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for Your Digits
We've all heard
of the different tricks that can help students learn their multiplication
tables. We're doing our best to compile those tricks here. We welcome your
contributions! Just send us an email
so we can add your trick - be sure to tell us who you are.
Trick for multiplying
by 6, 7, 8, and 9 (from T2T contributor, John Sipp)
With an easy to read (and apply) marker or pen, write the following numbers
on both of your hands: put a 9 on each of your index fingers, an 8 on
your middle fingers, 7 on your ring fingers, and 6 on your pinkies.Hold
your hand out in front of you as if you are going to clap them together,
fingers parallel to each other and the floor. Touch the fingers together
that are numbered with the digits you're multiplying. Now count the two
fingers that are touching, and any fingers that are physically below those
two fingers (all the fingers closer to the floor.) Multiply this number
by 10. (Example: for 7 x 8, count the two fingers that are touching, and
the remaining pinky on one hand, and pinky & ring finger of the other
hand for a total of 5, so 50.) Next, count the fingers that are remaining
on each hand, above the two fingers touching together. (For 7 x 8, you
will count the thumb, index, and middle finger of one hand for 3, and
the thumb and index finger of the other hand for 2.) Now multiply these
two digits together. (3 x 2 = 6) So take your first number, 50, and add
the second number to it, 6, for a total of 56 - the answer to 7 x 8! We
realize, this sounds a little complicated, but once you've done it two
or three times, it makes perfect sense. It won't be long at all before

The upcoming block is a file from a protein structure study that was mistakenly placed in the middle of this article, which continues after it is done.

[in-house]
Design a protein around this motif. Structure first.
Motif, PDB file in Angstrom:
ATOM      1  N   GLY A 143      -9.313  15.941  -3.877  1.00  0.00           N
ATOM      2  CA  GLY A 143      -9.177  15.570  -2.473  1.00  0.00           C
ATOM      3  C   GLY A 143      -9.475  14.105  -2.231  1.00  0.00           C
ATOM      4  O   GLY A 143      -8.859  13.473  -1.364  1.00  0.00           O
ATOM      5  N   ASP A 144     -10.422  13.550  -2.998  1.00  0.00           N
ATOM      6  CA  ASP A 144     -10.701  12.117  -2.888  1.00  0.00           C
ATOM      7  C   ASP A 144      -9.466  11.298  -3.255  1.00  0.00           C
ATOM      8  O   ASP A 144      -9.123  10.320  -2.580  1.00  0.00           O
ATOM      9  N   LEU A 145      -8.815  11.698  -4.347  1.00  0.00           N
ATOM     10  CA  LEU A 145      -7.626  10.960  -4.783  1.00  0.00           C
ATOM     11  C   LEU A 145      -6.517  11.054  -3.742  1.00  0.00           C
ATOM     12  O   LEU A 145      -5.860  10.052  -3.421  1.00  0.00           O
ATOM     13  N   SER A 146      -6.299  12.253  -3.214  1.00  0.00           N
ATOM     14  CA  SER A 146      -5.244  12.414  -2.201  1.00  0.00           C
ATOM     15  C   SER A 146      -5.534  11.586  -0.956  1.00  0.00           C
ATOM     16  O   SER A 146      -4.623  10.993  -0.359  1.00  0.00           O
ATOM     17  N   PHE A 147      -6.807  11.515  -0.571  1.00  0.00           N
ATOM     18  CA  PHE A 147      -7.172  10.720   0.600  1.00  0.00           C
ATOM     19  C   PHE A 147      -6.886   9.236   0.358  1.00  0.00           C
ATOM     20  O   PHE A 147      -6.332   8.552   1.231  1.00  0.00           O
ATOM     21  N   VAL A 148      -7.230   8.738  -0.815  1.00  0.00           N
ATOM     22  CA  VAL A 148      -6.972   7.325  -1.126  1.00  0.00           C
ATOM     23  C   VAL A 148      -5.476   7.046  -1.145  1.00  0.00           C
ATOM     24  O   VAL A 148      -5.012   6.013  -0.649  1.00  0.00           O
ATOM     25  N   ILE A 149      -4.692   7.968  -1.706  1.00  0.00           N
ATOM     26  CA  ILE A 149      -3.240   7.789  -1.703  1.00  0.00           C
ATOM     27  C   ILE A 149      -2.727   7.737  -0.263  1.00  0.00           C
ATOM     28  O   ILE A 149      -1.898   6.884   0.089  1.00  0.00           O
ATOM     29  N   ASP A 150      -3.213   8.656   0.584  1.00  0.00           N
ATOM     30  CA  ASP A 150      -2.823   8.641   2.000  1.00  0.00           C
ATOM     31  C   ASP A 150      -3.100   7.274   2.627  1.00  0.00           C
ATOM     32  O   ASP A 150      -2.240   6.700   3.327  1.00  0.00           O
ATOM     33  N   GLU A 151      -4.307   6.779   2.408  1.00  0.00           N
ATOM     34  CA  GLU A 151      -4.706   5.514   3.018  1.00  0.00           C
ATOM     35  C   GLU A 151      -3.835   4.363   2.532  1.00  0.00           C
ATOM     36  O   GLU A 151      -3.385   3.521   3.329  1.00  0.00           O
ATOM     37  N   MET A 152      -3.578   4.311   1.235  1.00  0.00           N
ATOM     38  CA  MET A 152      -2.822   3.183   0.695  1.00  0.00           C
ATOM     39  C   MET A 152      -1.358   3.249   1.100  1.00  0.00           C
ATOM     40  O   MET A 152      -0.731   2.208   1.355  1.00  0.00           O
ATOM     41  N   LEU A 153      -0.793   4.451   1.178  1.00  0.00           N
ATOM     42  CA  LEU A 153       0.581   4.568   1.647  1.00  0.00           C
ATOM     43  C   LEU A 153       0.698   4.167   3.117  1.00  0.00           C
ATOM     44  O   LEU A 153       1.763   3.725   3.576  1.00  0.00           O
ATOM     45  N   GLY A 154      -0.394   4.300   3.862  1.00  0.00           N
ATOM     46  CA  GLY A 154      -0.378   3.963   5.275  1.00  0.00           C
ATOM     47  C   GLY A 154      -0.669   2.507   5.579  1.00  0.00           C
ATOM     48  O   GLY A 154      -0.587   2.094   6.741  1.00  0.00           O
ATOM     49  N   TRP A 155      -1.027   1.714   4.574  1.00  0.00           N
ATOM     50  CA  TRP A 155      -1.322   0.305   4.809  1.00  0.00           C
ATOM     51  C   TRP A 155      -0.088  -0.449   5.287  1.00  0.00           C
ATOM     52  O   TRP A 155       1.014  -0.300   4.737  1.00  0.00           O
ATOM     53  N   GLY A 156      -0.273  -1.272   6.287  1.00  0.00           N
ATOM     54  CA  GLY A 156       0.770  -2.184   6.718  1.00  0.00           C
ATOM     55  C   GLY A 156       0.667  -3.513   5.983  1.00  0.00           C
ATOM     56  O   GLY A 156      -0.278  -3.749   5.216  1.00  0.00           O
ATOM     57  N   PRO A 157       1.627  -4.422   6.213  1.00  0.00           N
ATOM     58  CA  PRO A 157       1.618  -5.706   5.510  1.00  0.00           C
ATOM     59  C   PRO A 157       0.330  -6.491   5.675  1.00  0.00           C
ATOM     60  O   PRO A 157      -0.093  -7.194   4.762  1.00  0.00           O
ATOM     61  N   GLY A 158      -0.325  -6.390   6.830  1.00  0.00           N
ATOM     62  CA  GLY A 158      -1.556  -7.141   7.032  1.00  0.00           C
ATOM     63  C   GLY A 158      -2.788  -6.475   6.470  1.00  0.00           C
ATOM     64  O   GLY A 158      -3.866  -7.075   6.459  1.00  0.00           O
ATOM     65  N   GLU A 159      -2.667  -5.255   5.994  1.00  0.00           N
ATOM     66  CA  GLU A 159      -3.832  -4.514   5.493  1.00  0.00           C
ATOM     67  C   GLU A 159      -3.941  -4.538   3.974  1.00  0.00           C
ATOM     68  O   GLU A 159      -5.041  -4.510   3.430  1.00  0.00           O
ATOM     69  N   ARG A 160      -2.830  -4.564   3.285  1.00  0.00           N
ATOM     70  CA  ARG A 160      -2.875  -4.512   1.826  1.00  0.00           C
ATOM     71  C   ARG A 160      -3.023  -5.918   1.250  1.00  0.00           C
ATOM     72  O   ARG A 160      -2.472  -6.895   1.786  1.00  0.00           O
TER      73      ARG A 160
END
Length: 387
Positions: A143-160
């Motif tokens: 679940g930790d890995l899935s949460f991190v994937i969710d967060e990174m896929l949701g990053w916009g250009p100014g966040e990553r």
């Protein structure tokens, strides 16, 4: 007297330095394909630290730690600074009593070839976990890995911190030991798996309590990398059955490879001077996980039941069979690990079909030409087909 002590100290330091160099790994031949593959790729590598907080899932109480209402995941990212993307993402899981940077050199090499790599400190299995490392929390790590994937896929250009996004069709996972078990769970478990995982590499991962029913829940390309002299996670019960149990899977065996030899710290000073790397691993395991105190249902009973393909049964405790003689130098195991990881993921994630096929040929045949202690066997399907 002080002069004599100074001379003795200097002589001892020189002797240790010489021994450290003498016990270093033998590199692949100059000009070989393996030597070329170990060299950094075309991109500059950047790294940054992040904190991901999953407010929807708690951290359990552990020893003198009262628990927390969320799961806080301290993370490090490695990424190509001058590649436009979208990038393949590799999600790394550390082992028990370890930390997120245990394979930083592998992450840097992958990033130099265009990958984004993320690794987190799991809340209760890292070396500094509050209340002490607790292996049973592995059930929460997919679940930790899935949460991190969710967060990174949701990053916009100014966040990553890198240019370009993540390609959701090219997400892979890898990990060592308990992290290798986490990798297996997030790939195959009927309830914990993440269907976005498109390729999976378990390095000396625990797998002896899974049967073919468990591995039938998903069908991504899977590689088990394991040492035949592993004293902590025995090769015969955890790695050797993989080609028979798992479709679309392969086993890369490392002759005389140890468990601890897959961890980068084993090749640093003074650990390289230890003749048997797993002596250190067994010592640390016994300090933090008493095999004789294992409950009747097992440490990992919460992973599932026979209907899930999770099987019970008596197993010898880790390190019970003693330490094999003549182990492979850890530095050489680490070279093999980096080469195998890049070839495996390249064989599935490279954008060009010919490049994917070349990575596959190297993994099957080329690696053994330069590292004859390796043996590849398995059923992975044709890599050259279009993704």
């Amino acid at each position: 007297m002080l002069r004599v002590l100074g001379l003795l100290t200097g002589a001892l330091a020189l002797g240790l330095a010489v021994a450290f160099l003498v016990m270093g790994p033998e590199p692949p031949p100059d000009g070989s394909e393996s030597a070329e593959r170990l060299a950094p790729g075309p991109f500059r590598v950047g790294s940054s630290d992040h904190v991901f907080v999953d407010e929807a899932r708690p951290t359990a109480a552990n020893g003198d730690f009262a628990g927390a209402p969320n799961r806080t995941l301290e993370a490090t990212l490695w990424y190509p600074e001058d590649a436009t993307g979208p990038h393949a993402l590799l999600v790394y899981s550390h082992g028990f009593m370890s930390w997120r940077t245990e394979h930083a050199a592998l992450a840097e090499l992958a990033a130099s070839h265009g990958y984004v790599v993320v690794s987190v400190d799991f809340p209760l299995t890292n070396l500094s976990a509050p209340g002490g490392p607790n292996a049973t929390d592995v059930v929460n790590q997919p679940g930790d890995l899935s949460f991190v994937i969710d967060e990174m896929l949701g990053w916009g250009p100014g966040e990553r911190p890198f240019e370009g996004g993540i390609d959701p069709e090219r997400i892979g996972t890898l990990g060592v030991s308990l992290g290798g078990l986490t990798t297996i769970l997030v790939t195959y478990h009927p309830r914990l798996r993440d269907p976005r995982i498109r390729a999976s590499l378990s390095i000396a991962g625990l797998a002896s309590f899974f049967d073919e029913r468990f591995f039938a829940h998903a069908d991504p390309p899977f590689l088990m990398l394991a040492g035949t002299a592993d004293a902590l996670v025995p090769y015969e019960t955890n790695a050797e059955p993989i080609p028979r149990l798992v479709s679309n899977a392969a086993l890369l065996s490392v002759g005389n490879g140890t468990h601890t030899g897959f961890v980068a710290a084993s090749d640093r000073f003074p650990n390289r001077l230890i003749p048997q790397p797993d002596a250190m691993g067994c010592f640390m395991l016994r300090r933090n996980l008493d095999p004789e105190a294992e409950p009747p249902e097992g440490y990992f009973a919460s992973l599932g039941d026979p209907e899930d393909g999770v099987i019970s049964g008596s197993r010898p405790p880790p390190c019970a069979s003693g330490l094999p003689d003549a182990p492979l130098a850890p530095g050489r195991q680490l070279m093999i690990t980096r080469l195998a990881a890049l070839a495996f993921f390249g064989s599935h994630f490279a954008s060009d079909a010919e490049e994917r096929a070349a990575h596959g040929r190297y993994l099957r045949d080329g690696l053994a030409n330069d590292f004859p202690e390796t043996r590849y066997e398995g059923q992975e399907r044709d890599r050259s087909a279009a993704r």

you don't need the numbers to be written on your hands!
Finger Math for
9's (from T2T contributor, Sally Engle)
"This may be an easier way to do 9's with finger math. Choose the
number you will multiply by nine. Count to that number beginning with
the pinky finger of the left hand with palms facing down. Once you get
to that number, fold that finger down. The numbers to the left of the
folded finger are tens. The numbers to the right of the folded finger
are ones. Example: 9 x 7 = 63 Count to seven starting with the left pinkie
finger. That should put you to the pointer finger of the right hand. Fold
that pointer finger under. To the left you have six digits or 60. To the
right you have 3 fingers or 3. 63!"
Finger Math for
9's - take 2 (from T2T contributor, Veronica Leigh)
"I have struggled with the multiplication tables since grade four.
Here is a trick I use for the nines: Subtract 1 from the number that's
not 9 and that is the first number of your product. Then, whatever number
it takes to add to 9 is your second number. Here's an example for 7 X
9: ( 7 - 1 = 6) and (6 + 3 = 9) Therefore, 7X9 is 63! I am taking my math
methods class right now, and my instructor left an interesting note on
one of my assignments that was returned today. It said that by grade 5,
only 80% of children can think multiplicatively. I don't know the source,
but I'll have to find out. I thought it was interesting..."
for 9's (from T2T contributor, Luann)
"The answer for multiplying 9 always adds to nine. (9x9=81) Take
the number other than 9, which is 9 in this case go one less for the first
number in the answer 8 and ask 8+?=9, 8+1=9- so your answer is 81 9x8=?
8-1=7, and 7+2=9 so 72 is the answer. 9x7=? 7-1=6, 6+3=9 so your answer
is 63. It makes sense to me! And was easier for me than the counting with
the fingers. "
From T2T contributor Paul F. Grant, Middle School Teacher, Phoenix, AZ
Gandhi, as you know, walked barefoot most of the time, which produced
an impressive set of callouses on his feet. He also ate very little, which
made him rather frail and with his odd diet, he suffered from bad breath.
This made him what?
calloused fragile mystic plagued with halitosis.